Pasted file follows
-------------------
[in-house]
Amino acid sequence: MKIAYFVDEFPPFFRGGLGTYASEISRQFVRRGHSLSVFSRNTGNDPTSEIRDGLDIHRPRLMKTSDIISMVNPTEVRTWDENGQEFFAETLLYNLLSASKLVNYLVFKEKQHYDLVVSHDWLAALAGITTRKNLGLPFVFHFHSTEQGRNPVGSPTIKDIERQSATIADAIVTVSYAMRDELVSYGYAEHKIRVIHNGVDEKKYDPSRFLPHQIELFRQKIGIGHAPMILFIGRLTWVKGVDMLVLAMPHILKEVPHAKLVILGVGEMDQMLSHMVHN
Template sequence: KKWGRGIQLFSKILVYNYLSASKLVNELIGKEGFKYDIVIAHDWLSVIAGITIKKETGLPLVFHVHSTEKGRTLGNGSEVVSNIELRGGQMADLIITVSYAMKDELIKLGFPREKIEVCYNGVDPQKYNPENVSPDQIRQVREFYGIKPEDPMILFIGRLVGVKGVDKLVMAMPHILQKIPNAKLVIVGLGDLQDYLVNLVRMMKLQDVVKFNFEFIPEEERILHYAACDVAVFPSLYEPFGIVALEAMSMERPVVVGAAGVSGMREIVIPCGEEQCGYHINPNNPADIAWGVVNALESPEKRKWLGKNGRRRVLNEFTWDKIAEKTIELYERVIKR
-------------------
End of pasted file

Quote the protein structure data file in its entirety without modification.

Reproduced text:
[in-house]
Amino acid sequence: MKIAYFVDEFPPFFRGGLGTYASEISRQFVRRGHSLSVFSRNTGNDPTSEIRDGLDIHRPRLMKTSDIISMVNPTEVRTWDENGQEFFAETLLYNLLSASKLVNYLVFKEKQHYDLVVSHDWLAALAGITTRKNLGLPFVFHFHSTEQGRNPVGSPTIKDIERQSATIADAIVTVSYAMRDELVSYGYAEHKIRVIHNGVDEKKYDPSRFLPHQIELFRQKIGIGHAPMILFIGRLTWVKGVDMLVLAMPHILKEVPHAKLVILGVGEMDQMLSHMVHN
Template sequence: KKWGRGIQLFSKILVYNYLSASKLVNELIGKEGFKYDIVIAHDWLSVIAGITIKKETGLPLVFHVHSTEKGRTLGNGSEVVSNIELRGGQMADLIITVSYAMKDELIKLGFPREKIEVCYNGVDPQKYNPENVSPDQIRQVREFYGIKPEDPMILFIGRLVGVKGVDKLVMAMPHILQKIPNAKLVIVGLGDLQDYLVNLVRMMKLQDVVKFNFEFIPEEERILHYAACDVAVFPSLYEPFGIVALEAMSMERPVVVGAAGVSGMREIVIPCGEEQCGYHINPNNPADIAWGVVNALESPEKRKWLGKNGRRRVLNEFTWDKIAEKTIELYERVIKR